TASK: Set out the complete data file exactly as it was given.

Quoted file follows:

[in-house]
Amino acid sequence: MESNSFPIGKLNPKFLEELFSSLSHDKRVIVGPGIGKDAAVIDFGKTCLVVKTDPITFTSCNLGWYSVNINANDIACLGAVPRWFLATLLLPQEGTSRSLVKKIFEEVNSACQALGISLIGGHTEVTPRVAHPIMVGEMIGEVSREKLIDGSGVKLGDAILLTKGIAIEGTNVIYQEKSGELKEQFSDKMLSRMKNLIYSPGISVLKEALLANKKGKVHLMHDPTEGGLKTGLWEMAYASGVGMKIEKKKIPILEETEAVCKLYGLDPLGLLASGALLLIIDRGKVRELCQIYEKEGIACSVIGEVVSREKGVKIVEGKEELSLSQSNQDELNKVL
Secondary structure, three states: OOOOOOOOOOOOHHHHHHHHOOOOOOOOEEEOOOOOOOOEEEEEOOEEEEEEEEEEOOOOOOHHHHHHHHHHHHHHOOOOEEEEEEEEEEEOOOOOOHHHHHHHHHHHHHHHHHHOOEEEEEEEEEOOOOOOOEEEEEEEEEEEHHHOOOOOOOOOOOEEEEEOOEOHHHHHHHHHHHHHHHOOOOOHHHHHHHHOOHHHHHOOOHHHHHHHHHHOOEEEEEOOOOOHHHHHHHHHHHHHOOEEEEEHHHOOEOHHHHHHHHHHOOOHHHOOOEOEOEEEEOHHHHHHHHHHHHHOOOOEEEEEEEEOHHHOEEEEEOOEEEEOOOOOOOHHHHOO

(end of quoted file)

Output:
[in-house]
Amino acid sequence: MESNSFPIGKLNPKFLEELFSSLSHDKRVIVGPGIGKDAAVIDFGKTCLVVKTDPITFTSCNLGWYSVNINANDIACLGAVPRWFLATLLLPQEGTSRSLVKKIFEEVNSACQALGISLIGGHTEVTPRVAHPIMVGEMIGEVSREKLIDGSGVKLGDAILLTKGIAIEGTNVIYQEKSGELKEQFSDKMLSRMKNLIYSPGISVLKEALLANKKGKVHLMHDPTEGGLKTGLWEMAYASGVGMKIEKKKIPILEETEAVCKLYGLDPLGLLASGALLLIIDRGKVRELCQIYEKEGIACSVIGEVVSREKGVKIVEGKEELSLSQSNQDELNKVL
Secondary structure, three states: OOOOOOOOOOOOHHHHHHHHOOOOOOOOEEEOOOOOOOOEEEEEOOEEEEEEEEEEOOOOOOHHHHHHHHHHHHHHOOOOEEEEEEEEEEEOOOOOOHHHHHHHHHHHHHHHHHHOOEEEEEEEEEOOOOOOOEEEEEEEEEEEHHHOOOOOOOOOOOEEEEEOOEOHHHHHHHHHHHHHHHOOOOOHHHHHHHHOOHHHHHOOOHHHHHHHHHHOOEEEEEOOOOOHHHHHHHHHHHHHOOEEEEEHHHOOEOHHHHHHHHHHOOOHHHOOOEOEOEEEEOHHHHHHHHHHHHHOOOOEEEEEEEEOHHHOEEEEEOOEEEEOOOOOOOHHHHOO